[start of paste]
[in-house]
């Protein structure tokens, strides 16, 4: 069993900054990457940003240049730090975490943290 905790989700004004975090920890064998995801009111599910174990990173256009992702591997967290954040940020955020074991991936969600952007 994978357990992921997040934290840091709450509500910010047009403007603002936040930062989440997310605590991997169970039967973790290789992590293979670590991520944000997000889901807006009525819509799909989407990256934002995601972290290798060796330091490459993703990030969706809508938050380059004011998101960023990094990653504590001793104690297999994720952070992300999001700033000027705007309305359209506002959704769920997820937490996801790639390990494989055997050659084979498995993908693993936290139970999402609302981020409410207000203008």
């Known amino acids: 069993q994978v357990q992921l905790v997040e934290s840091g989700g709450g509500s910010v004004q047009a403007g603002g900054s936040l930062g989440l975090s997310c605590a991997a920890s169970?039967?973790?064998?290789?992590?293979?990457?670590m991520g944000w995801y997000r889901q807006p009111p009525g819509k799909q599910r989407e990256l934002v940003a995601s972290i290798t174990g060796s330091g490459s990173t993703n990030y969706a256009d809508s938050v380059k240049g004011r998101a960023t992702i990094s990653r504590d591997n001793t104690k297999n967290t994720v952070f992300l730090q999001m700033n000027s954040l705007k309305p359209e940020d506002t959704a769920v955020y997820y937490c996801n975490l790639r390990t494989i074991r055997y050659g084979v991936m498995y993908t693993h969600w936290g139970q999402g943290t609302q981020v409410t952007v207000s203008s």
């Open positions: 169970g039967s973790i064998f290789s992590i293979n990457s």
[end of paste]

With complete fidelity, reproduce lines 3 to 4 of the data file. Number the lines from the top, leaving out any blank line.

């Known amino acids: 069993q994978v357990q992921l905790v997040e934290s840091g989700g709450g509500s910010v004004q047009a403007g603002g900054s936040l930062g989440l975090s997310c605590a991997a920890s169970?039967?973790?064998?290789?992590?293979?990457?670590m991520g944000w995801y997000r889901q807006p009111p009525g819509k799909q599910r989407e990256l934002v940003a995601s972290i290798t174990g060796s330091g490459s990173t993703n990030y969706a256009d809508s938050v380059k240049g004011r998101a960023t992702i990094s990653r504590d591997n001793t104690k297999n967290t994720v952070f992300l730090q999001m700033n000027s954040l705007k309305p359209e940020d506002t959704a769920v955020y997820y937490c996801n975490l790639r390990t494989i074991r055997y050659g084979v991936m498995y993908t693993h969600w936290g139970q999402g943290t609302q981020v409410t952007v207000s203008s």
């Open positions: 169970g039967s973790i064998f290789s992590i293979n990457s």